It’s easier to ignore conserving energy when you’re not responsible for footing the bill – or at least when you think you’re not responsible for footing the bill.
FYI: For most colleges and universities, a percentage of your tuition goes towards energy costs and that percentage can be much higher for on-campus students. Or if you’re living in a group house, you are probably paying the utility bill in addition to your rent.
Laundry day on campus usually ends like this for me: I’ve run my clothes through the washers at least 2x (have to make sure they’re clean, right?). Depending on how well the dryer did its job, I’ve run my clothes through the dryers twice. I’ve blown hours and a lot of quarters unnecessarily, yet I walk away satisfied. Interestingly enough, I would have never washed or dried my clothes that many times at home!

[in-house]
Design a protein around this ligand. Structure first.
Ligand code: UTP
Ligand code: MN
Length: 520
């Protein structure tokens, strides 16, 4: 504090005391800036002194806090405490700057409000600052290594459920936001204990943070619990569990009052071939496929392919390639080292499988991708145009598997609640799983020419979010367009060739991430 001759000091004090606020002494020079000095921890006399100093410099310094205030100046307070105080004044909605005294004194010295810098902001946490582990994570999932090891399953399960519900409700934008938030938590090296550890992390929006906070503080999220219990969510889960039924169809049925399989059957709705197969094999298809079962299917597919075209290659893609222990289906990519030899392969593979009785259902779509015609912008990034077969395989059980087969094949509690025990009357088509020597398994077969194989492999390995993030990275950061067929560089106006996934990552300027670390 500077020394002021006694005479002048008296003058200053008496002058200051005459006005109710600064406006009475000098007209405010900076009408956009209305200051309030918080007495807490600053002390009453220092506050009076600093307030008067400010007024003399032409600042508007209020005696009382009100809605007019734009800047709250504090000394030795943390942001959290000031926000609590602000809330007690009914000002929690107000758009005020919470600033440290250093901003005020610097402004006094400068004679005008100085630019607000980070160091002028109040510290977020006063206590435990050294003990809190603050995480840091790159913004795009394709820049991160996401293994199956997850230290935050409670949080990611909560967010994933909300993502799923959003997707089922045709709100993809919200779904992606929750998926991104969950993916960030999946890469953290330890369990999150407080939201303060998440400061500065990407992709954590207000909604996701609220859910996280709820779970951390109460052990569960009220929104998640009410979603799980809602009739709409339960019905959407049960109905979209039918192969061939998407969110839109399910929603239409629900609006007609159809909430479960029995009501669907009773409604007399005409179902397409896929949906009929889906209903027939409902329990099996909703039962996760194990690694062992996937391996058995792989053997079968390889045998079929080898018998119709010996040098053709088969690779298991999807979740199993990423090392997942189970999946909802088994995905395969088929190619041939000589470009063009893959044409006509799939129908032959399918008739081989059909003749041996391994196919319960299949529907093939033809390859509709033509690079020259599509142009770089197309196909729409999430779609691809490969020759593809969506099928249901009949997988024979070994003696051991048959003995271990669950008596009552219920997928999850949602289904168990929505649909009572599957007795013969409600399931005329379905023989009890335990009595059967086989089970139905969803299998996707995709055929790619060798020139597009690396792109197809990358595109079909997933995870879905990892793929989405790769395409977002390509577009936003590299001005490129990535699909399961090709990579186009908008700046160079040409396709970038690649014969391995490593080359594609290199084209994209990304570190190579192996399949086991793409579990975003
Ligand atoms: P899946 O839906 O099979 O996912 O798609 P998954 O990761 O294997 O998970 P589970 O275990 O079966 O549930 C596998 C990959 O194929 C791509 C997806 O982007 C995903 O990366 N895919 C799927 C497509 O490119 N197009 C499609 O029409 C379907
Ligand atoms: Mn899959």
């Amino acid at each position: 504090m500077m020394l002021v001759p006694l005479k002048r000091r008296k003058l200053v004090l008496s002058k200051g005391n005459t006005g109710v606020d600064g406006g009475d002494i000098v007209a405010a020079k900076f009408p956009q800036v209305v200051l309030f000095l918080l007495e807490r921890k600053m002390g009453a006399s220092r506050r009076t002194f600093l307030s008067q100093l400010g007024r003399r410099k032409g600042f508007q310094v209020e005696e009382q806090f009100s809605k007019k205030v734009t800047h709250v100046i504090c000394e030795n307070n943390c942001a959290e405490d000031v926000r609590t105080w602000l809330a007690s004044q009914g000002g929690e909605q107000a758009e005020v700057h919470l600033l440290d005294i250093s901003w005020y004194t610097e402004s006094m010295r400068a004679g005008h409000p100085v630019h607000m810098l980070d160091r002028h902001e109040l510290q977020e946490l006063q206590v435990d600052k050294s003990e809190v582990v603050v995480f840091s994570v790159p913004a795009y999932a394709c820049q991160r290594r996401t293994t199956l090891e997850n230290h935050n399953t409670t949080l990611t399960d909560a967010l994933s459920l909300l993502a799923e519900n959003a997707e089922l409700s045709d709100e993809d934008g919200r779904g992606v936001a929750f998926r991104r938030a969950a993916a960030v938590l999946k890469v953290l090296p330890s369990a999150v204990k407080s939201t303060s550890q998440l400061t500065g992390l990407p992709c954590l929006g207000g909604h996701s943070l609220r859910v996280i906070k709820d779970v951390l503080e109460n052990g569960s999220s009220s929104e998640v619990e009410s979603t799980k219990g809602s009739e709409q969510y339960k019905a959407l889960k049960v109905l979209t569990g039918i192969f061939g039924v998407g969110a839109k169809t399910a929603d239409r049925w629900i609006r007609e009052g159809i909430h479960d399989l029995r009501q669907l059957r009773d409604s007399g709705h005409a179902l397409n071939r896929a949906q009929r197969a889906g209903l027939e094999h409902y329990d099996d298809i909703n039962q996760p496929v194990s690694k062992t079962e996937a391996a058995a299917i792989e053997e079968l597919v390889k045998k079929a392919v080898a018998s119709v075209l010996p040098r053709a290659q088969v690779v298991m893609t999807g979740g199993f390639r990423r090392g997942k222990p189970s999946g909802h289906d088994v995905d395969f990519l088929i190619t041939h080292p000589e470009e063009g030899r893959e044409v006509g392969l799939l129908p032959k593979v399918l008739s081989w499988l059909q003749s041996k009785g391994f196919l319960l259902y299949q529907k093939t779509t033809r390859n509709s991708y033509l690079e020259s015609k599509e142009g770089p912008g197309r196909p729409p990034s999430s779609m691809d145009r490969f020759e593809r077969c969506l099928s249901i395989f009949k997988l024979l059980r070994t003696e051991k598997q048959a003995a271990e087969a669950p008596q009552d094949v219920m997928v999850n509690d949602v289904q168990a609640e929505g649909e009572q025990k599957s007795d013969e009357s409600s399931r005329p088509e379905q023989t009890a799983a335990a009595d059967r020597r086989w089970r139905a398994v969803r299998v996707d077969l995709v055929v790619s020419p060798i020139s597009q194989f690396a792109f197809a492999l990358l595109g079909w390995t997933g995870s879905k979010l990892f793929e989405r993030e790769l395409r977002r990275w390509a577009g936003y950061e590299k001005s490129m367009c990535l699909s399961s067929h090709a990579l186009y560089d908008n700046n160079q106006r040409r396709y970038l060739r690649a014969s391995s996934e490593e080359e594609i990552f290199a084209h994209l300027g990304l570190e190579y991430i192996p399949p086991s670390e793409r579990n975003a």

Colleges and universities benefit even more than homeowners when proper energy monitoring and usage practices are employed. So, when laundry day rolls around, keep these three easy tips in mind to help your school conserve energy:
1. Wash only full loads
Each time you run the washer or dryer, you’re using electricity, water, and usually energy to heat the water. You can reduce your school’s energy, electricity, and water usage just by being practical with your washing habits. Although it doesn’t put any more money in your pockets, it’s the right small thing to do for the environment.
2. Wash your clothes in cold water
Unless the directions specifically call for warm or hot water, using cold water to wash your clothes is just as effect as using hot water. Just remember to use cold-water specific detergents.
3. Air-dry your clothes
This isn’t always the most practical way of drying your clothes, especially during the rainy season and winter, but it is a good alternative to machine drying. You can purchase clothes drying racks at most stores and set it up outside or in a dry area (possibly the kitchen if your dorm is a suite).